Project 3. An interdisciplinary approach to studying epidermal growth factor receptor signaling dynamics in epithelial tissues (N. Yakoby, Biology; B. Piccoli, Mathematics)

Background. Epidermal growth factor receptor (EGFR) signaling in epithelial tissues is initiated by a source of a ligand activating transiently the pathway [1-7]. The regulation of signaling through ligand diffusion and distribution is still not understood.  An established model, Drosophila oogenesis, is an excellent system to study EGFR signaling regulating eggshell morphogenesis. The EGF-like ligand Gurken (GRK) is secreted from near the oocyte nucleus and activates EGFR in the overlaying follicle cells, which then form 3D eggshell structures (e.g. dorsal respiratory appendages, dorsal ridge) [8, 9]. The nucleus is a source of the ligand GRK, moving from posterior to anterior. GRK distribution, and consequently EGFR activation, is different among Drosophila species, corresponding to the formation of different morphologies [10]. Furthermore, GRK is necessary and sufficient to form a dorsal ridge [11].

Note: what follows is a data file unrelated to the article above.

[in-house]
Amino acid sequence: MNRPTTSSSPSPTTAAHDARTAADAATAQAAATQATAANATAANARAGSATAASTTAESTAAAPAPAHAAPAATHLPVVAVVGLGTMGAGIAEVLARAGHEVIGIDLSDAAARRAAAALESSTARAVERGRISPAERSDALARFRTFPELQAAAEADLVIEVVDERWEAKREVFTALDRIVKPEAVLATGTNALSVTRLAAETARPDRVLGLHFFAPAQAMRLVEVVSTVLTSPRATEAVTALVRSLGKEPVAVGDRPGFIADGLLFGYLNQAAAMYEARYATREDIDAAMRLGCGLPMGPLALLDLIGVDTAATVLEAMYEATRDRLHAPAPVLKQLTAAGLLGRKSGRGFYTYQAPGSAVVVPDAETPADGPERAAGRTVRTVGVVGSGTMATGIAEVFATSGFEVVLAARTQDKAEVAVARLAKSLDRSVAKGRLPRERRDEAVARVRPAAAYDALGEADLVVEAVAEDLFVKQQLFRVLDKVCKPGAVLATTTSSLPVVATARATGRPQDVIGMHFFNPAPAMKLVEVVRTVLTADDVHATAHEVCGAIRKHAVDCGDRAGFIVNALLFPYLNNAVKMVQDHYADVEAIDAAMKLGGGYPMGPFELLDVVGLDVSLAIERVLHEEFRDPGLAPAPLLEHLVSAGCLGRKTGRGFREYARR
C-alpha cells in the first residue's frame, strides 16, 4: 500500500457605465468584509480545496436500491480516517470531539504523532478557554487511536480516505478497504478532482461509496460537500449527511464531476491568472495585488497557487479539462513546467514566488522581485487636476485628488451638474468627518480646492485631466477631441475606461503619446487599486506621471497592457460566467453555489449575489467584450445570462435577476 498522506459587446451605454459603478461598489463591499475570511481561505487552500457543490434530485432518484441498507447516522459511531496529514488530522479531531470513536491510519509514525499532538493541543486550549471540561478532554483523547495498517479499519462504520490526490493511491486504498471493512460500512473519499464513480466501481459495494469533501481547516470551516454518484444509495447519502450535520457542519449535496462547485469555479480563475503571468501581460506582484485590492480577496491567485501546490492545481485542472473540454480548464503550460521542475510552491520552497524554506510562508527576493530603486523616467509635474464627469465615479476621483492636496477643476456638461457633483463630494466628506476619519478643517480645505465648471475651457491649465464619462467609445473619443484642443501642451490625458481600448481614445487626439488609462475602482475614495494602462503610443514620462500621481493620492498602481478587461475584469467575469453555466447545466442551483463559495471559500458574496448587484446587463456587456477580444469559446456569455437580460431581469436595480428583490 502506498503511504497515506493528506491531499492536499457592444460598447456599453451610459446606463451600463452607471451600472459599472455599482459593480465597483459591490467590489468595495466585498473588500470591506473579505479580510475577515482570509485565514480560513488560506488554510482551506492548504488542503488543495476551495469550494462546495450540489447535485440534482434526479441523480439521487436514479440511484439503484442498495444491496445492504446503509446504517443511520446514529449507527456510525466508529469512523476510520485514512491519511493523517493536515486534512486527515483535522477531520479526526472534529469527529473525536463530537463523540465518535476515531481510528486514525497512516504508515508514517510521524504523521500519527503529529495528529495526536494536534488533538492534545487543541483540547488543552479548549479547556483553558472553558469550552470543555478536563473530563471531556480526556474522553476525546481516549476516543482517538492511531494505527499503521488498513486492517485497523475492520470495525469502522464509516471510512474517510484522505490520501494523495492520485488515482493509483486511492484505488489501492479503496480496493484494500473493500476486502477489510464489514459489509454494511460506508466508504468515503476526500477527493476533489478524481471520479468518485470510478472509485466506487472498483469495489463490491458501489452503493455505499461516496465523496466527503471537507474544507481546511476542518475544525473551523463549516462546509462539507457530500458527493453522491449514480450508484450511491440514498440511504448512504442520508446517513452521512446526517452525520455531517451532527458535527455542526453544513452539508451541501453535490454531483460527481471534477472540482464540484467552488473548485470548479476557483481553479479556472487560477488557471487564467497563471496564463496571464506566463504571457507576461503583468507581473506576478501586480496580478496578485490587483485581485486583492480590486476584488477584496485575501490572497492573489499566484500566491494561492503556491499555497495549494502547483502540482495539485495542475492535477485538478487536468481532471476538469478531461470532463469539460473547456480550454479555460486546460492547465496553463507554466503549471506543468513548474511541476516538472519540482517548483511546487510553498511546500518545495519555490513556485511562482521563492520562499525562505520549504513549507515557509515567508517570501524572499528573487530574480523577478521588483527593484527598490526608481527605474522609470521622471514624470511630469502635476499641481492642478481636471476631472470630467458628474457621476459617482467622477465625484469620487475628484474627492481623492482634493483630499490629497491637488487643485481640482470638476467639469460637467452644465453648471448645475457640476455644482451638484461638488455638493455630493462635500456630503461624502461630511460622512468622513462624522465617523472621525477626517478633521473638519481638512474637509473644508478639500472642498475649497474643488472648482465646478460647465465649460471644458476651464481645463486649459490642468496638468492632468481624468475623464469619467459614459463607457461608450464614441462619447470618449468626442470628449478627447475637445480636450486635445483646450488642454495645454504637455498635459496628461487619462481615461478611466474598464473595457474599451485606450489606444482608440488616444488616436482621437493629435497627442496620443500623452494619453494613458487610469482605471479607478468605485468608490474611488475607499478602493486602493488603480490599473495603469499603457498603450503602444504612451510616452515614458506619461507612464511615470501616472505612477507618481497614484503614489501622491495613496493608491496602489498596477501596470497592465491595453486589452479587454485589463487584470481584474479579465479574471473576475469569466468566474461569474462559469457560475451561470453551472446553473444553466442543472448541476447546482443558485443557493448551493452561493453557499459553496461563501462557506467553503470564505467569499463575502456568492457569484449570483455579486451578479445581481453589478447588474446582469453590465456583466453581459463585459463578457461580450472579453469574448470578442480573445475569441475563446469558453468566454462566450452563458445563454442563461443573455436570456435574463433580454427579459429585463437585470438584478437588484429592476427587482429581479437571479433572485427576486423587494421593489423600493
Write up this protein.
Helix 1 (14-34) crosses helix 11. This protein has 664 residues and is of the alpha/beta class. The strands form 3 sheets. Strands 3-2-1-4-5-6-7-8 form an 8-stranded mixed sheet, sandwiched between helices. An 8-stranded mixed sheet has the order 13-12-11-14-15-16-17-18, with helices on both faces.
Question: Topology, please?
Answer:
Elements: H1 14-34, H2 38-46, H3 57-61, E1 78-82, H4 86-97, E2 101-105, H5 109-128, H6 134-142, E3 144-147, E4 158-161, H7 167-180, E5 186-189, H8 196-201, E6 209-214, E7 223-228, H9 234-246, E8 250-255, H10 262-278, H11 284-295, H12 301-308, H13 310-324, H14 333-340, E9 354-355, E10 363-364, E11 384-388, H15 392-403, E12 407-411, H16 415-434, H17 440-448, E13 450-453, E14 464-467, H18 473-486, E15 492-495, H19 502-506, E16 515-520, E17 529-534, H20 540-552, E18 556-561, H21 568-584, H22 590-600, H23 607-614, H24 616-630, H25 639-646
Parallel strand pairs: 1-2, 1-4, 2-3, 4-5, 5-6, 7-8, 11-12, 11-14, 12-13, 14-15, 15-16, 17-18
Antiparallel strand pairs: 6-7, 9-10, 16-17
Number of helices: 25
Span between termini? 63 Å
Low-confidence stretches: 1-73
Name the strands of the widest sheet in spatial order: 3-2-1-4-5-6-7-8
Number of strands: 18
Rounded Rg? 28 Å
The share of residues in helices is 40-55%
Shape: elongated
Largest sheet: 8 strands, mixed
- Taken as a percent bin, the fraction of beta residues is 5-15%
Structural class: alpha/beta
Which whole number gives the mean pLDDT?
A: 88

Research. Using experimental and computational tools, students will study the mechanisms underlying   the evolution of EGFR signaling dynamics in epithelial tissues. Current computational models focus on D. melanogaster and use a fixed source of the ligand GRK [12]. We developed a model with a moving source of the ligand that recapitulates the distributions of EGFR signaling in the follicle cells. We propose to develop the model further into a 2D dynamic simulation of signaling. In addition, students will learn to determine the dynamics of EGFR signaling in species with different activation patterns. These mechanistic mathematical models will aid to study and predict the components of the pathway contributing to the differences in signaling dynamics among species. 

Student activities. Building on our previous successful experiences with REU programs [9, 10], students will lean both experimental and computational aspects of research. Experimentally, students will use antibodies against GRK to monitor ligand distribution, and antibodies against dpERK to monitor the corresponding activation pattern of EGFR, as was previously done for Drosophila species [10, 11, 13]. Students will learn to use a confocal microscope and document their findings. Based on these data, students will learn to use Matlab and program basic numerical methods for partial differential equations to simulate the signaling dynamics. Yakoby and Piccoli have been collaborating for a few years on a similar project; students will be guided on the experimental and computational aspects of the project.